If you get frustrated, walk away until you calm down. If you try to force yourself, you won't gain anything, and you may get mad enough to quit. Don't do it. It will happen, and at the strangest time. I started learning with a tape that gave the letters in Morse Code, then in English. At the end, it would send groups of letters that I had learned up to that point. Rewind try again. I played this tape twenty to thirty times a day and I wasn't getting it. But my wife was, and she didn't want to learn the code. Made me mad as hell, and I quit listening to the tape.
A week or so went by, and my anger subsided, my wife opened a kitchen cupboard door, which made a squeak, and I thought "T". All of a sudden, I could remember about half the alphabet in Morse code. All because of a squeaky door! Some people get it one letter at a time, some get it all at once. Just remember, you're smarter than Koko, and look what the gorilla learned to do.
Once you can remember the letters, get a code key and a code practice oscillator, and start sending letters. If you can, record what you send and listen to your timing. Work at it for a short time every day after you have used your hamtest and unixcw programs.
Another good way to practice if you have a ham transceiver or short-wave radio is to dial up W1AW and practice copying code from the timetable. The ARRL offers qualification runs, which will allow you to put a piece of paper on your wall verifying that you copied the code at X wpm, and you can add extra endorsements. If I were you, I would work at getting one for the fastest speed I could copy, that certificate will be a visual reminder to you that you can already pass a "code test" before you ever set foot in the VEC testing room.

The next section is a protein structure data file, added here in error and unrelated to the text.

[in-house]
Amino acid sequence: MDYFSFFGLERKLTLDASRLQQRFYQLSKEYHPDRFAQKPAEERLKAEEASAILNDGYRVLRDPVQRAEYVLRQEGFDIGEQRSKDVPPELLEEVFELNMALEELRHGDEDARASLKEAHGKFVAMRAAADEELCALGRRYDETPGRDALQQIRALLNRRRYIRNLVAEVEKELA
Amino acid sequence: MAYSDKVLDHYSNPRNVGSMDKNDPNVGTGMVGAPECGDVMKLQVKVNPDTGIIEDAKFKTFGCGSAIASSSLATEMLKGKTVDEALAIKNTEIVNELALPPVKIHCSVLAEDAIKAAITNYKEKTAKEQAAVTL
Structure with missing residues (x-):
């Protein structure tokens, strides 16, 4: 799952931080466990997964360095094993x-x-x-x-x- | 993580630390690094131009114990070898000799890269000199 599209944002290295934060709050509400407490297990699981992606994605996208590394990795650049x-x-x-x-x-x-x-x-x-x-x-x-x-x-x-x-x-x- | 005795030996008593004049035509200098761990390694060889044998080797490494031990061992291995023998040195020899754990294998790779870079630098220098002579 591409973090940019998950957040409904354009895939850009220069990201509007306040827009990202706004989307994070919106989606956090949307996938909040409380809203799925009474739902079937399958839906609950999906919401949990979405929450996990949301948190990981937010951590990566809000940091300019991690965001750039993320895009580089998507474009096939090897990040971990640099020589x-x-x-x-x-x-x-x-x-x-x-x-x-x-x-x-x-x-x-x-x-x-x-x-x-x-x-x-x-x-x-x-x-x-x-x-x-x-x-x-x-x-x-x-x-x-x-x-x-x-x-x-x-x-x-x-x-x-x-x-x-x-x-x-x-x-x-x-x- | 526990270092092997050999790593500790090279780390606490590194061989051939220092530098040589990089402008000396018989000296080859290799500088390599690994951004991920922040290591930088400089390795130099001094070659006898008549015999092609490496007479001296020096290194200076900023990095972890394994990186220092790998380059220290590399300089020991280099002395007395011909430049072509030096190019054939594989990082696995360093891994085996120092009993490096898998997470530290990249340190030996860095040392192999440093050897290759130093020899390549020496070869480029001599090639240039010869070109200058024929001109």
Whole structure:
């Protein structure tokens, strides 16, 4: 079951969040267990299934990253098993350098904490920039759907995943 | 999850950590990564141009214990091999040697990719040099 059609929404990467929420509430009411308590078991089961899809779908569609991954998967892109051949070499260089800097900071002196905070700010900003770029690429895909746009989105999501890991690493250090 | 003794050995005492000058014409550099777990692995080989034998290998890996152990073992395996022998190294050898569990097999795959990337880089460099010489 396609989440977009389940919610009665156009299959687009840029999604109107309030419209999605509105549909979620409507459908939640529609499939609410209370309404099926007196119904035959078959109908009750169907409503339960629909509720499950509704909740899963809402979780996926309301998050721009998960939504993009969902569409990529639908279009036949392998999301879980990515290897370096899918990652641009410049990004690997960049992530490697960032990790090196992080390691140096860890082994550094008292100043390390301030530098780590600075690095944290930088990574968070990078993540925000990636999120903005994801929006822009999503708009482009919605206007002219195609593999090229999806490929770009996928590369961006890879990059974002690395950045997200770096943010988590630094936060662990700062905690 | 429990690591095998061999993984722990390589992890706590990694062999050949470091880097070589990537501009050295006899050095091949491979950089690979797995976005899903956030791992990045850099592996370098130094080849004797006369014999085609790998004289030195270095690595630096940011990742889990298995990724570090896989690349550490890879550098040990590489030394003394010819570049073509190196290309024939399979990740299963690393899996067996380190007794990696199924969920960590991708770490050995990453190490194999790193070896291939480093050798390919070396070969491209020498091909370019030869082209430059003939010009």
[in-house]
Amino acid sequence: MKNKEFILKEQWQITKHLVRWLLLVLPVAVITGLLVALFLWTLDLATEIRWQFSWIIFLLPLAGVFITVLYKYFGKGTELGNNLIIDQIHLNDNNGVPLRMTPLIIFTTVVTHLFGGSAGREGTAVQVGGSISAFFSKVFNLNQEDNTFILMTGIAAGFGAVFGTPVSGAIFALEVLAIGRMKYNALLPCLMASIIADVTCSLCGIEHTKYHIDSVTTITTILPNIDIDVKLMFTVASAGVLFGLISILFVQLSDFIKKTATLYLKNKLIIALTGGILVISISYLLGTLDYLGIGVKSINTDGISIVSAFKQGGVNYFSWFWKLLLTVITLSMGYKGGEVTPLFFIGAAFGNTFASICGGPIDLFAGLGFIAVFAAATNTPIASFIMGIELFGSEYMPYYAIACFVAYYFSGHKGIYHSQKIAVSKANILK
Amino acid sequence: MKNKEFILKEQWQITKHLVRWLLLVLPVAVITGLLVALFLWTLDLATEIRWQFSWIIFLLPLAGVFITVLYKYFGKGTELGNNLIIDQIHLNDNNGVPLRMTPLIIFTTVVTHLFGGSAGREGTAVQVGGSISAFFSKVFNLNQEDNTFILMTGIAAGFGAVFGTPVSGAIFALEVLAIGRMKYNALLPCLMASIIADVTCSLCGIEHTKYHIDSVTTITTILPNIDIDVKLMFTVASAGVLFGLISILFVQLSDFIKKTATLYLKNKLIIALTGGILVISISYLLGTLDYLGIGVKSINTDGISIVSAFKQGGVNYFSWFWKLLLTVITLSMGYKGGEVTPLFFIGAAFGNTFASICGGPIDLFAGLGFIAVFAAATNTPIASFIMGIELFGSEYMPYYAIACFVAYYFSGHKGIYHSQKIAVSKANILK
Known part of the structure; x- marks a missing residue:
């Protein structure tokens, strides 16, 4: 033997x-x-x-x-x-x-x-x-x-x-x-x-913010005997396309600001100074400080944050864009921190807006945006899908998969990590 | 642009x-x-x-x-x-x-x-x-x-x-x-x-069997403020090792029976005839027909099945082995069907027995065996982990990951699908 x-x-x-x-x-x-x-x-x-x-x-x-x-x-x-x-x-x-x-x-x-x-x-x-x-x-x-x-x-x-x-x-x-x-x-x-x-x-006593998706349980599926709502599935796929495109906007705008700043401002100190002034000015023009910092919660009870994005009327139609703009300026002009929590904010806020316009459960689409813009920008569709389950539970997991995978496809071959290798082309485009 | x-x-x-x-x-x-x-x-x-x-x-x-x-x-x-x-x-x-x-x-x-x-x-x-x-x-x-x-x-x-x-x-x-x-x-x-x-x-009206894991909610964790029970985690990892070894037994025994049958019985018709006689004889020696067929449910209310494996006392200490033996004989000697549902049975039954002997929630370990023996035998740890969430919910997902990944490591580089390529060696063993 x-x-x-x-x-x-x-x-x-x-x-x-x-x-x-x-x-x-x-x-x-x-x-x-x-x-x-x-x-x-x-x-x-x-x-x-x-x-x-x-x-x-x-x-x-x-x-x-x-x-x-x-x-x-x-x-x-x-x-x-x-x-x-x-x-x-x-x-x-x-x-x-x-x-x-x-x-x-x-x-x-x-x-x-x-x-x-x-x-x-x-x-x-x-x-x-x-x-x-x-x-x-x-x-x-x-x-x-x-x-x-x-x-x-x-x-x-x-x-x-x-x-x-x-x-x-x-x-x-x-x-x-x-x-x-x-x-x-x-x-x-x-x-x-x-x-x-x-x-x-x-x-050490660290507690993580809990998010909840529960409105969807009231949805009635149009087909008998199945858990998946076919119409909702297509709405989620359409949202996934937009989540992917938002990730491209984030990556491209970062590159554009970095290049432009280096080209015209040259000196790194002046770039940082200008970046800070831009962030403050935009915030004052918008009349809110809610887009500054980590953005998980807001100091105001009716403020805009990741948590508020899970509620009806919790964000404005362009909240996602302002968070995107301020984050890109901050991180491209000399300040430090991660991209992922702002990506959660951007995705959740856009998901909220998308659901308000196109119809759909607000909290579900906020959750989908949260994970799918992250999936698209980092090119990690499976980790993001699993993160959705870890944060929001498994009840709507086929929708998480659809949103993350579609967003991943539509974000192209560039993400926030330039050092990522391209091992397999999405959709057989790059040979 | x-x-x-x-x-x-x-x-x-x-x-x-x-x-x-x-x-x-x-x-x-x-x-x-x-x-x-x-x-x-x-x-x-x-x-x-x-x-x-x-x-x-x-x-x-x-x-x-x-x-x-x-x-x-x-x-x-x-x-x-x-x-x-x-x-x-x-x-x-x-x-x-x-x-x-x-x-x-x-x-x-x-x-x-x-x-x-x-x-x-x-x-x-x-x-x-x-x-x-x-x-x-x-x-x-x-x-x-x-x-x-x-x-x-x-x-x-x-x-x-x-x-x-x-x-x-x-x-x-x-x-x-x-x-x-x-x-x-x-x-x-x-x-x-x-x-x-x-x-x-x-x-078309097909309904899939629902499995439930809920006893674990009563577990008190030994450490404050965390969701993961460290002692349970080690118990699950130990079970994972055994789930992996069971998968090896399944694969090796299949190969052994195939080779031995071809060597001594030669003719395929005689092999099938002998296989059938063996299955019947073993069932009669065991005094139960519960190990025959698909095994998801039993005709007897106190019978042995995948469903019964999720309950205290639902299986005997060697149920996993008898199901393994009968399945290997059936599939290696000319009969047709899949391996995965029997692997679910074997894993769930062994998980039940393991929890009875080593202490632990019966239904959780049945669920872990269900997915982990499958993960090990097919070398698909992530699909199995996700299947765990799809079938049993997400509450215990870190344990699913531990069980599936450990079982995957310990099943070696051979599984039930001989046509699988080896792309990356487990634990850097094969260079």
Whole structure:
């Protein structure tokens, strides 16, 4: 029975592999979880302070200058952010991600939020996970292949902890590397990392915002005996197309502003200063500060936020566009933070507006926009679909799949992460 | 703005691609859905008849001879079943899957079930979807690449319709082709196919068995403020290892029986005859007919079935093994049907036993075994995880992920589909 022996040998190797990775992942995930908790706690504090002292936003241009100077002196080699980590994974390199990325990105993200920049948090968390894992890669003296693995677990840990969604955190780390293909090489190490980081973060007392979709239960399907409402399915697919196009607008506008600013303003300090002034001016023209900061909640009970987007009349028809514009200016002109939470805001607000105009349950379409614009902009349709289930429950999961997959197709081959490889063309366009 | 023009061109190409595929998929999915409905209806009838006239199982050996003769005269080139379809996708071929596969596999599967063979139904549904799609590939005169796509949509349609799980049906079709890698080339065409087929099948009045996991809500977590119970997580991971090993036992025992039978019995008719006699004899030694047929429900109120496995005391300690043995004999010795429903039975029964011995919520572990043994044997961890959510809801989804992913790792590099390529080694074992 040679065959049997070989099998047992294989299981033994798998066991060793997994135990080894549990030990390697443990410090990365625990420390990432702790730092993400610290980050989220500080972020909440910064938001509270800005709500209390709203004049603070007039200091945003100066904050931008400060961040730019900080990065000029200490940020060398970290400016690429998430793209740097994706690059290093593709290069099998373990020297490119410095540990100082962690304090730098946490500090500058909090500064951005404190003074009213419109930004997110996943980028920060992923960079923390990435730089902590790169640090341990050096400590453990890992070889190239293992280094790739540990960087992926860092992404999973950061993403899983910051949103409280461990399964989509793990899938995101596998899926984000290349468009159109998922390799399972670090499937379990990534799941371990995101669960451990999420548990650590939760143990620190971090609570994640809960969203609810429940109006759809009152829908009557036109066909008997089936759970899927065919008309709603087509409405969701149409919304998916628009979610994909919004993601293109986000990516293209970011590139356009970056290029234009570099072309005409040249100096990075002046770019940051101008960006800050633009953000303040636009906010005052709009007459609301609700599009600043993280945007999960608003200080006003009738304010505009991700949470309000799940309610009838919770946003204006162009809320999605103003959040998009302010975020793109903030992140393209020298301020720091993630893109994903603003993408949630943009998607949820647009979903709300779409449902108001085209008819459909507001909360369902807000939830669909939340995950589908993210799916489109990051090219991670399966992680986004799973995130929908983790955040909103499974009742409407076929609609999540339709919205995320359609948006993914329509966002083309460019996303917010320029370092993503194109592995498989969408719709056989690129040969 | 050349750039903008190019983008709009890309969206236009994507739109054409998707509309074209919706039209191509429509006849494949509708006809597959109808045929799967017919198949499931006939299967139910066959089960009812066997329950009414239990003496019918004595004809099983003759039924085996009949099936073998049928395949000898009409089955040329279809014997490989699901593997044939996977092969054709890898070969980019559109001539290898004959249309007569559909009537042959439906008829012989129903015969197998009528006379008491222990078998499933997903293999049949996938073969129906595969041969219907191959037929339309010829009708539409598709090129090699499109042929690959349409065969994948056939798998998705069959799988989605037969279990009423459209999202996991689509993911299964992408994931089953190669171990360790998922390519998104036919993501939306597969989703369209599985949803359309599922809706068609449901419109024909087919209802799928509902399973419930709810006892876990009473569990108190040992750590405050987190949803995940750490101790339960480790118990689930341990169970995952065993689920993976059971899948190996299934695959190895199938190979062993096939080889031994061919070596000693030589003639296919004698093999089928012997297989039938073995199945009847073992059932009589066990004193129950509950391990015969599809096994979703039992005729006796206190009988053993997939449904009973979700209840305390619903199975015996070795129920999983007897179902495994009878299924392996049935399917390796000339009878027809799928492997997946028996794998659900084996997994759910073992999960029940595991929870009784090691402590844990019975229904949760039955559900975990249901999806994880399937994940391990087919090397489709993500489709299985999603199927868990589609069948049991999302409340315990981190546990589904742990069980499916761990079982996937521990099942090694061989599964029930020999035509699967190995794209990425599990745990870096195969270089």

If you can send and receive at 10 wpm or even 7 wpm, 5 wpm will be
easy come test day.
The code test will be like an on air qso, so if you have a radio, copy the qso's you hear on the radio, so you know how they talk, and it is good practice to listen to code that you don't know how fast it is. You will be more comfortable trying to copy it if you think it is slower than it really is.
In the United States, the exam will probably be given in or near your hometown. No more driving 500 miles before dawn to take the test at the FCC. The test will be given by local hams, so relax. Even if you fail, you can take it next time, without driving a thousand miles round trip. If it seems like I am downplaying the importance of all this, I am. No one has ever died from failing the exams. No one has ever been thrown into a den of lions, heck they don't even snicker at you. Don't worry about it. Just do it.
Good for you. Now you wait for your license to come in the mail. The FCC will wait until you are ready to explode, and then they will send it. You can keep checking the FCC page to see if it has been issued, and what your callsign is, but I would wait until you have the license in hand before you get on the radio.
Now, get on the radio. Listen around, if you hear a CQ at a comfortable speed, answer. Let them know right away this is your first contact, and they will be glad to help you out. You are likely to be so excited you forget the code, or even your name. They will understand, one thing all hams can tell you about is their first qso. ENJOY! This is what it's all about my good friend.
This page last updated by KF8GR on Aug 9, 2004